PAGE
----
The Widow’s War by Sally Gunning

My, women’s rights have changed over the years. Have tempers and genders changed with them? Not much, according to Sally Gunning’s book.

Our protagonist, Lyddie, is married to a Cape Cod whaler, Edward Berry, and, like many “grass widows”, is quite used to being left to manage on her own for days, weeks or months at a time while Edward is away at sea. His death, while heartbreaking from an emotional standpoint, seems to her to be little more than a permanent version of what she’s been doing already for a great deal of her marriage: managing her house and home without the aid of a man. However, as a woman in 1761, she has no property rights whatsoever; as a young woman, everything would have belonged to her father, as a wife, everything was legally her husband save what she brought into the marriage herself, and now that her husband is dead, all goes to her son-in-law save the ‘relict’s third’ which her husband left her in his will.

The legal, familial and community assumption is that Lyddie will move in with her daughter and son-in-law, Nathan Crewe, attempting to maintain a separate household within their pre-existing and already cramped household. To fund this endeavor, Crewe plans to sell the house in which Lyddie has lived for the past 25 years, along with all its furnishings and household goods, retaining the proceeds from the sale to offset the extra expenses incurred by having an additional member of his household. In addition to the indignity of having to move in with her children despite being a still strong woman in middle age, Lyddie and Nathan Crewe have never gotten along personally.

Not surprisingly, the prospect of relinquishing her autonomy and household is insupportable to Lyddie, and in short order she moves back into “her” house, despite the memories it holds of her beloved (and now deceased) husband, claiming the cow and household goods from her son-in-law’s home to which she is entitled. Life on her own is startlingly impoverished, as there are few ways a woman could support herself alone at that time, even if she had the full support of her community…and Lyddie has been all but ostracized as a result of her squabble with the respected Nathan Clarke and her friendship with her Native American neighbor, Sam Cowett. Without marketable skills or the esteem of her community, it seems that the only way she may stay in her home is to remarry, but even that means relinquishing her hardwon independence from familial obligations.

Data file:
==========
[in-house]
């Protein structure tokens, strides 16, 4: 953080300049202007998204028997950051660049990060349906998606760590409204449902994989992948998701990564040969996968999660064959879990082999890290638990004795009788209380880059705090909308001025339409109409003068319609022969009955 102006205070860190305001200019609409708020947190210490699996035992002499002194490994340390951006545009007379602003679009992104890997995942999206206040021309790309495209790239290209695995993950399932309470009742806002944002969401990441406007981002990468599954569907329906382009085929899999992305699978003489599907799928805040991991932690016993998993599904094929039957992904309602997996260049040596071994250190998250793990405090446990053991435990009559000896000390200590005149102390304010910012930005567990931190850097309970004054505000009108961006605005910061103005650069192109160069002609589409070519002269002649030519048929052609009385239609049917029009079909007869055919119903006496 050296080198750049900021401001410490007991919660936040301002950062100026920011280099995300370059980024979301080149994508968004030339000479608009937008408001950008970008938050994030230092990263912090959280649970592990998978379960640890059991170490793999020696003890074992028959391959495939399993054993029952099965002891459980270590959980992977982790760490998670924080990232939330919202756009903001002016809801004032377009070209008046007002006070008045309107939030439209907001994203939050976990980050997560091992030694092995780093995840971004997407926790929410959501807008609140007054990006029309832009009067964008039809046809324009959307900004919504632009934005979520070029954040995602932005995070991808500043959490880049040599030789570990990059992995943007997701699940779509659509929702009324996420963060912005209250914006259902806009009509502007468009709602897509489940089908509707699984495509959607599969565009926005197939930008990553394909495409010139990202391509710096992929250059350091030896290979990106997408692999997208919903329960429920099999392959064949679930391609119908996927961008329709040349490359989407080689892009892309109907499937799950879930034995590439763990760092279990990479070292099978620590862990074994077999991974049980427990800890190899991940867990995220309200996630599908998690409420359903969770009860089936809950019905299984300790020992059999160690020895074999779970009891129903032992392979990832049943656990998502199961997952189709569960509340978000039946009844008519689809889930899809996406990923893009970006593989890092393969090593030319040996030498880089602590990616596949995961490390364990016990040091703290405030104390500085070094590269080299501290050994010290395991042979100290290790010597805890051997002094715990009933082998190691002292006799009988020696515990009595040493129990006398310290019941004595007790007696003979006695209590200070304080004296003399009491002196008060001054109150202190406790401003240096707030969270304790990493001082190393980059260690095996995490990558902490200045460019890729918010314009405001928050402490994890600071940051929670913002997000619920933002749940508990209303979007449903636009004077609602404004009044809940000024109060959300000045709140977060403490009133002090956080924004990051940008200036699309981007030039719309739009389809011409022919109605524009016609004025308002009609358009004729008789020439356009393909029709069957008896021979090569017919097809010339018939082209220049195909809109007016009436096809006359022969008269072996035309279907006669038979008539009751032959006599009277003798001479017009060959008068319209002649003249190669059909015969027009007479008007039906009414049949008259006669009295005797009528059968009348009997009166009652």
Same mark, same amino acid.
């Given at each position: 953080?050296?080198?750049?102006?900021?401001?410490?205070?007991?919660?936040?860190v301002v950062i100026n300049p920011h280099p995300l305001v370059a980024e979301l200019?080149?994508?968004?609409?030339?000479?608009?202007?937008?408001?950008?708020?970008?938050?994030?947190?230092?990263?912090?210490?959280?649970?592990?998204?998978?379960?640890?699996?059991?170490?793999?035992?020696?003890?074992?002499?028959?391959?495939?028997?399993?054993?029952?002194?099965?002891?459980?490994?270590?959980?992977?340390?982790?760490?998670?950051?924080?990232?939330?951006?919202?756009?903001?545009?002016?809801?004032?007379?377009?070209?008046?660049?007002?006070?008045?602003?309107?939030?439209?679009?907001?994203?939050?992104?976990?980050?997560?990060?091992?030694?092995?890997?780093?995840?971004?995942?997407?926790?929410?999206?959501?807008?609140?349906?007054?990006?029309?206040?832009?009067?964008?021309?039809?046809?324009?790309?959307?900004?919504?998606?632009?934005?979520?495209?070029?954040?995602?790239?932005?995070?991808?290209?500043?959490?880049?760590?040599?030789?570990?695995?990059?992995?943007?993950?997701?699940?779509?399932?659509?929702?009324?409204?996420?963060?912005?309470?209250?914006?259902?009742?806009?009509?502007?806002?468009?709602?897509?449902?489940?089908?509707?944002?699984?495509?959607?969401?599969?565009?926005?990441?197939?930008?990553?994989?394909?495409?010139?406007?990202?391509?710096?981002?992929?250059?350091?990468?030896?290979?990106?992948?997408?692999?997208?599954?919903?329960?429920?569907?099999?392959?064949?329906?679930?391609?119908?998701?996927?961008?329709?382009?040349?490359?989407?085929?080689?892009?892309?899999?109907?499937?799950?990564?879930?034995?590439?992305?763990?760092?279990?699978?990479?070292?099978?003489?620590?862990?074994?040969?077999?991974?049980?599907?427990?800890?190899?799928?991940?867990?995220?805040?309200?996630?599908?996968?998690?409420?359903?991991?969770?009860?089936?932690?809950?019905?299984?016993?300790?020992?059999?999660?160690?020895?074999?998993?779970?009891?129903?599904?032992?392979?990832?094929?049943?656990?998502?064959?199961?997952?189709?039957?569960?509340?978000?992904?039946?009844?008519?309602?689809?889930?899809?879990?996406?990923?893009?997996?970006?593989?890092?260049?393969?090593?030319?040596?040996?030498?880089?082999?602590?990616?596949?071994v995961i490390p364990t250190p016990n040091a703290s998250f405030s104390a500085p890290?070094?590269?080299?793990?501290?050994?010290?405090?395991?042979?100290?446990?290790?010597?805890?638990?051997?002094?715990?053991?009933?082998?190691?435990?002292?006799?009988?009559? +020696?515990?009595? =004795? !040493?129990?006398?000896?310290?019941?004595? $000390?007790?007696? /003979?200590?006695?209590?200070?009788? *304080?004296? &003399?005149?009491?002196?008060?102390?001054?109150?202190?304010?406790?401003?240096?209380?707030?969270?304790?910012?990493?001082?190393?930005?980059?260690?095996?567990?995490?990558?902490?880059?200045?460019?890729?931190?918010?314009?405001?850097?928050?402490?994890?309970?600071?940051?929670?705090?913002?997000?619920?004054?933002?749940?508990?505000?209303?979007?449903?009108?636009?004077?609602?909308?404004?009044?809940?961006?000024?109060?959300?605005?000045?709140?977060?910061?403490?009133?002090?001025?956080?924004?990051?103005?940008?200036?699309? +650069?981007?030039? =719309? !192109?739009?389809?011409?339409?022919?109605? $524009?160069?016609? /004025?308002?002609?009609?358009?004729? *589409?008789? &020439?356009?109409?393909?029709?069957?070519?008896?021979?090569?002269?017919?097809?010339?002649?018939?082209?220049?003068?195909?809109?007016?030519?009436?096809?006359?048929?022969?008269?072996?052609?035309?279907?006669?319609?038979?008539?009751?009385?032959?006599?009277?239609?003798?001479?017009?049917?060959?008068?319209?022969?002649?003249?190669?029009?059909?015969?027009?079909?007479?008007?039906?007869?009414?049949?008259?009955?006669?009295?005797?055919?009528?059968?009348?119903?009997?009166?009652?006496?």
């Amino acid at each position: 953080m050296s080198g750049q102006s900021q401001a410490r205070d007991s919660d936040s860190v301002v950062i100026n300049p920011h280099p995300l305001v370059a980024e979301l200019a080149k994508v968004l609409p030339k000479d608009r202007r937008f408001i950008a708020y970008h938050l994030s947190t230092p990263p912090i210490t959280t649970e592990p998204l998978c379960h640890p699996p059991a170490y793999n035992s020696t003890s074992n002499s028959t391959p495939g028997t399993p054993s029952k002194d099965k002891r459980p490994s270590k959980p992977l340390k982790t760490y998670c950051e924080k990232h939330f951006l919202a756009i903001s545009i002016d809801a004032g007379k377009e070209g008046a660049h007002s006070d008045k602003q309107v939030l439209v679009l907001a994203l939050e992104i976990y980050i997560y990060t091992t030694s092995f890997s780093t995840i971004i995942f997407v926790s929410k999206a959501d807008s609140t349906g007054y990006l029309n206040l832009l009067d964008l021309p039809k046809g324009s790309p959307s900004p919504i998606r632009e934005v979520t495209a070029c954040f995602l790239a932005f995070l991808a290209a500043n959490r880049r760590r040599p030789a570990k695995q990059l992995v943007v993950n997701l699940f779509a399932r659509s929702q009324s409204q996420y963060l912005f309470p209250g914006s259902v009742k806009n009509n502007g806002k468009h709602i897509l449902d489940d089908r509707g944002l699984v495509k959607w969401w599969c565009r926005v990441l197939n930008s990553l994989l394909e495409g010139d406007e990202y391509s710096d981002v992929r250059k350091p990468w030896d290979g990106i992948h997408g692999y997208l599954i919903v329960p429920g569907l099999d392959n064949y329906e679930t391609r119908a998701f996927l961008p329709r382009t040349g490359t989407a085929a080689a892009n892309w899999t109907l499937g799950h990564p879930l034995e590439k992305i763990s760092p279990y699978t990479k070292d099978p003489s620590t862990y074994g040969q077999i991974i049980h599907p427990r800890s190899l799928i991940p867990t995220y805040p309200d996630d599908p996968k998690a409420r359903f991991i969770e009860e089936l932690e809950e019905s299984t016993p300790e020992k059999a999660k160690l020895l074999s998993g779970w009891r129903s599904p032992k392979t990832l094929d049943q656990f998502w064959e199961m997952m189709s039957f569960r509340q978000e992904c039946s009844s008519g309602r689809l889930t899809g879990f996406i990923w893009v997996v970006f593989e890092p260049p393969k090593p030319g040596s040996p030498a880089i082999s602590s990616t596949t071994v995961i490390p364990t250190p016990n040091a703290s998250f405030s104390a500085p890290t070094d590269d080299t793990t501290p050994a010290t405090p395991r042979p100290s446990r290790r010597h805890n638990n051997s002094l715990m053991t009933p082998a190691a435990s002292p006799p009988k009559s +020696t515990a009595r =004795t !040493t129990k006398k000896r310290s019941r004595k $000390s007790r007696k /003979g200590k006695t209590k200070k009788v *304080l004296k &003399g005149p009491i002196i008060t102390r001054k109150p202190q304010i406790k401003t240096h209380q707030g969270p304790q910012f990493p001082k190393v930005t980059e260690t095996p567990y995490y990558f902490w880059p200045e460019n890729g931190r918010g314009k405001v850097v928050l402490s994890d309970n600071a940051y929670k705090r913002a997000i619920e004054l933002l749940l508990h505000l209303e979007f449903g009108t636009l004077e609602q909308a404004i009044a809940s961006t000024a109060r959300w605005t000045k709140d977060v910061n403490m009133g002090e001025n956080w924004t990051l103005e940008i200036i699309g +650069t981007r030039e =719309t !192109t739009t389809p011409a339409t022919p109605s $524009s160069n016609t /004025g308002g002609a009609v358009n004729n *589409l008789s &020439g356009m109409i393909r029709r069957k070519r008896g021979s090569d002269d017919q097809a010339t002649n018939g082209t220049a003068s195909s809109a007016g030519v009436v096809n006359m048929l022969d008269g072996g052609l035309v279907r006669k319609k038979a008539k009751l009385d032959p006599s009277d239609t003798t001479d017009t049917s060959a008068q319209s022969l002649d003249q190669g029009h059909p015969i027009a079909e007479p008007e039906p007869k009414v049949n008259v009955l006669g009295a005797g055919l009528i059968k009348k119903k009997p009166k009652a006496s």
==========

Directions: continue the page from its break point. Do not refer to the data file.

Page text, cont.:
I’m left with a few questions. It strikes me that much of Lyddie’s lesser property–livestock, fleece, preserves, any seeds she may have saved over from the previous winter–vanished like a soap bubble. While I understand that much of her initial problems stemmed from the fact that she had spent several months with her daughter, and therefore had missed the opportunity to start that year’s garden, and begin collecting wood to age for the next winter’s woodpile, it strikes me that she’s left with very little in the way of short-term resources. Did Lyddie have no ready cash prior to moving in with her daughter and son-in-law? How did she manage for cash when her husband was at sea for weeks at a time?

Overall, I’d call this a well written introduction to life of the late eighteenth century in what was about to become the United States, for those who’ve not read much about the period since leaving high school. The dialogue is decently written, without resorting to transliterated dialect. The American Indian character is noticeably different from the Caucasian characters without being reduced to a pitiable savage. The son-in-law and daughter provide an interesting example of blended families and remarriage; divorce was not a viable option but the number of people who died young, whether in childbirth or as a result of hazardous jobs, meant that families in the Clarke’s situation were not all that uncommon. Lyddie is a grand heroine, determined to retain her independence in the face of everything she’s known; it’s lovely to read of a heroine with the gumption to choose pride over approval. Unfortunately, it wasn’t evocative enough of that specific time period as other books I’ve read, whether The Witch of Blackbird Pond or Outlander, leaving me with the uncomfortable suspicion that it might have been set anywhere in a two hundred year timespan, between colonization of the Americas by the British and the ending of the whaling hunts via sailing ship.


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